Attorney Fee Awards under Prompt Payment Act are not Dependent Upon the Amount Recovered by the Contractor where the Fees are Otherwise Reasonable
In a published decision from September of 2021, the Appellate Division reversed a trial court’s award of $12,250.40 in attorney fees, opening the door for the Plaintiff to possibly recover the full $104,670.51 in attorney fees and costs that were incurred. The Plaintiff subcontractor had filed a Prompt Payment Act claim for $30,500, which the Defendant fought for two years all the way to trial. In accordance with prosecuting its case through to a trial, the Plaintiff incurred over $100,000 in attorney fees and costs. However, the trial judge reduced this figure to $16,375.73, finding that a fee award of over $100,000 would be unreasonable where the amount recovered was only $30,500.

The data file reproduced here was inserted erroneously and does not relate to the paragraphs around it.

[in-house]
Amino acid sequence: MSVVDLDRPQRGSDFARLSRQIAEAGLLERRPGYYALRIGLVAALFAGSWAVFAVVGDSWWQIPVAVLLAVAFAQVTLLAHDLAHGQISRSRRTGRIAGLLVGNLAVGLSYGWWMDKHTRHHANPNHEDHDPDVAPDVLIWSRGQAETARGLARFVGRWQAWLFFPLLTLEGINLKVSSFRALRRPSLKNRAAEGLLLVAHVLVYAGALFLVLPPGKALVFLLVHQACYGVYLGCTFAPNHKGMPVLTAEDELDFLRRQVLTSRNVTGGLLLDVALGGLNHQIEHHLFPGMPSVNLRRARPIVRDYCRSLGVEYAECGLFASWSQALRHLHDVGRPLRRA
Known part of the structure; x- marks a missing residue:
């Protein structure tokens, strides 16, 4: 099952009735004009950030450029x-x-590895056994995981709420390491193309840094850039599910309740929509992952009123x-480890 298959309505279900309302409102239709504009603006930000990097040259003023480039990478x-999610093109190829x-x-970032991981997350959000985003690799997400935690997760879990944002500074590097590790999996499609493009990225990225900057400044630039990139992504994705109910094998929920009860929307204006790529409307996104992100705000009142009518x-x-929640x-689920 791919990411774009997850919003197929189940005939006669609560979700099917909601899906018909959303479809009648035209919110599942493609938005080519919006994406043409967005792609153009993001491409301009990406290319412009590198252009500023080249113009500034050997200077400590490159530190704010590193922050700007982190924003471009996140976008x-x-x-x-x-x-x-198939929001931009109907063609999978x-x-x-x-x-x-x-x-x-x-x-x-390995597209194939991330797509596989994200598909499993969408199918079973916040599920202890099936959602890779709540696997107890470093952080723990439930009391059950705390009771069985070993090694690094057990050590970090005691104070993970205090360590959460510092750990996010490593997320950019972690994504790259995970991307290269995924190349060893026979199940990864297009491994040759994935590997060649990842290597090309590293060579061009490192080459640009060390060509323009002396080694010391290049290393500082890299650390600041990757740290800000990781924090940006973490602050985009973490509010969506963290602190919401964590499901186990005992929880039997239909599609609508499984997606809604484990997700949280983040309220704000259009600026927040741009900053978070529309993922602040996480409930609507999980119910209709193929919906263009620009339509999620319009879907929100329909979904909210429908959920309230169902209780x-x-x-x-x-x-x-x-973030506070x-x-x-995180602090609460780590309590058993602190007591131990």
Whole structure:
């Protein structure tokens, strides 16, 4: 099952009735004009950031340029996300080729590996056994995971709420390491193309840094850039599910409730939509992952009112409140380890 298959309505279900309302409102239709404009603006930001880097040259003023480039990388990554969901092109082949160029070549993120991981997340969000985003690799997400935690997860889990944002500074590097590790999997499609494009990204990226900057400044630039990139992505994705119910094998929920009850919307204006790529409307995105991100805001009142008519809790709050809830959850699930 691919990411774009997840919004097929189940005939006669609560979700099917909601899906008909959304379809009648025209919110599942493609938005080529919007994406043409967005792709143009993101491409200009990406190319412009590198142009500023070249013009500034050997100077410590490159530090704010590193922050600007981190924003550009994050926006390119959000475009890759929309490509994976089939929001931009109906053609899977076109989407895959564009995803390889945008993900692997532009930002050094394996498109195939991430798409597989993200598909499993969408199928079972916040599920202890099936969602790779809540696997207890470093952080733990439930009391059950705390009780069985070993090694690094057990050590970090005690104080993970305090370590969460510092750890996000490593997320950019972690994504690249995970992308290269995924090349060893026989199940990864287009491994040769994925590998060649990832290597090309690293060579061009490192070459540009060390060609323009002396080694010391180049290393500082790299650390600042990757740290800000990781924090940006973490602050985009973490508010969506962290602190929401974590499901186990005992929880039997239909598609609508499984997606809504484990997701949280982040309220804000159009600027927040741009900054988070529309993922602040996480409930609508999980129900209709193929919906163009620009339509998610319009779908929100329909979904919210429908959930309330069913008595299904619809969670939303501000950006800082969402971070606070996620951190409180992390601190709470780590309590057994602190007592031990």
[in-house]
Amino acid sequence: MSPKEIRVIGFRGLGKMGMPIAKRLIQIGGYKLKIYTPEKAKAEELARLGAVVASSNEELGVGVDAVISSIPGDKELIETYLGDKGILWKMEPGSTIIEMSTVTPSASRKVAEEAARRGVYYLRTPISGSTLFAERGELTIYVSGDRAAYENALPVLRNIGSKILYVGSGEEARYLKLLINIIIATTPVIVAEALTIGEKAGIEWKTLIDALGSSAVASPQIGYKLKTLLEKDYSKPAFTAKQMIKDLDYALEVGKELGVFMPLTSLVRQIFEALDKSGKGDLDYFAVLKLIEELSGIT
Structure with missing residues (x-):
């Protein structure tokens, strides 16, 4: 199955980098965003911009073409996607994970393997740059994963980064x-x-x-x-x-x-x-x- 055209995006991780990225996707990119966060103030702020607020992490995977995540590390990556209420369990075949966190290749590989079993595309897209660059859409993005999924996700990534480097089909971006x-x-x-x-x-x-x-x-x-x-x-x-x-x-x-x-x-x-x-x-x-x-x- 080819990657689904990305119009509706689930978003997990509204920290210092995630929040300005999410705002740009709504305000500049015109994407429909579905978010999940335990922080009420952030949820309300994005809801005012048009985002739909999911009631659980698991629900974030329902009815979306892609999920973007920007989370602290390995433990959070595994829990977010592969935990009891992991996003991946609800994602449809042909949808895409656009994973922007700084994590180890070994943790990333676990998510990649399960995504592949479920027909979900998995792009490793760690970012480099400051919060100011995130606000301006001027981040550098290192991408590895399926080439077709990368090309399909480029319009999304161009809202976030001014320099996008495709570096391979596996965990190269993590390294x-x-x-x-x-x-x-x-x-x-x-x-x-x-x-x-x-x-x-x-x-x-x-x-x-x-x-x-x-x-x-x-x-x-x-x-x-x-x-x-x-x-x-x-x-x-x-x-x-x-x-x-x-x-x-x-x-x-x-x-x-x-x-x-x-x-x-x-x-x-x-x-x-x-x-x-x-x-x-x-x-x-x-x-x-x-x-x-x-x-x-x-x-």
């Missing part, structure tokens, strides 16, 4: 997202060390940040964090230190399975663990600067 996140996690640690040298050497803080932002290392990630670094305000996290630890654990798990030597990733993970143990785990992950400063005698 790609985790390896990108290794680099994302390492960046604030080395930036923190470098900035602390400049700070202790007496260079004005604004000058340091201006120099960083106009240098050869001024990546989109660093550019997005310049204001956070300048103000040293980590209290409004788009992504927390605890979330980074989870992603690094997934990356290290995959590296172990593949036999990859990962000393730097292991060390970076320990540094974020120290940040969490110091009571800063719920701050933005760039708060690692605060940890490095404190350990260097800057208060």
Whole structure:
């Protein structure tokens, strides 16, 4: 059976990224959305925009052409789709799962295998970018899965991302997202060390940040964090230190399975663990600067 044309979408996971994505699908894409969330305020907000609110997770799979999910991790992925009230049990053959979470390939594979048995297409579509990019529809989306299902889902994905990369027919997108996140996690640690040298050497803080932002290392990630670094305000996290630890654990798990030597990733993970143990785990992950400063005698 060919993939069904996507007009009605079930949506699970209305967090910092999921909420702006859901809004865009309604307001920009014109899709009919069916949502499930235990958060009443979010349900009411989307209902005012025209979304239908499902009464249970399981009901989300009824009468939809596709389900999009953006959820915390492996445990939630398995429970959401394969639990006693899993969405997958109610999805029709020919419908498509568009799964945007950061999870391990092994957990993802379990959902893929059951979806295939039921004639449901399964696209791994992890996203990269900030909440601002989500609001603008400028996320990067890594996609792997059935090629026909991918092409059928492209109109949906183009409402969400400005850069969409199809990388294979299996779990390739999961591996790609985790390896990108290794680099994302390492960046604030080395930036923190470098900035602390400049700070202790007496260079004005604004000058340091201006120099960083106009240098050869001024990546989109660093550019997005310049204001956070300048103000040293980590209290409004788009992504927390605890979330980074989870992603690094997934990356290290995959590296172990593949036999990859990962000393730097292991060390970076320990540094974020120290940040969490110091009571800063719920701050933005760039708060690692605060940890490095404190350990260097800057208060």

The Appellate Division reversed this finding, and remanded to the trial court to revisit the attorney fee award. In doing so, the appellate court emphasized that to drastically reduce the amount of attorney fees to be recovered would work against the public policy behind the Prompt Payment Act in the first place stating:
The statute's salutary goals of ensuring that contractors and subcontractors are fully and promptly paid for their work are thwarted when such plaintiffs fully prevail on a suit to vindicate their rights under the Act but net little or nothing owing to the costs of the litigation. … Without the court's unstinting enforcement of the statutory fee-shifting provision, contractors and subcontractors with relatively small claims would win only a Pyrrhic victory against defendants who failed to discharge their statutory obligations to pay promptly what they owe. Instead of deterring owners and contractors from delaying payment or stiffing their subs as the Legislature intended, it would be the stiffed contractors and subcontractors who would be deterred from suing to vindicate their statutory rights.
(JHC Industrial Services LLC v. Centurion Companies Inc.)
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Peter J. Vazquez, Jr.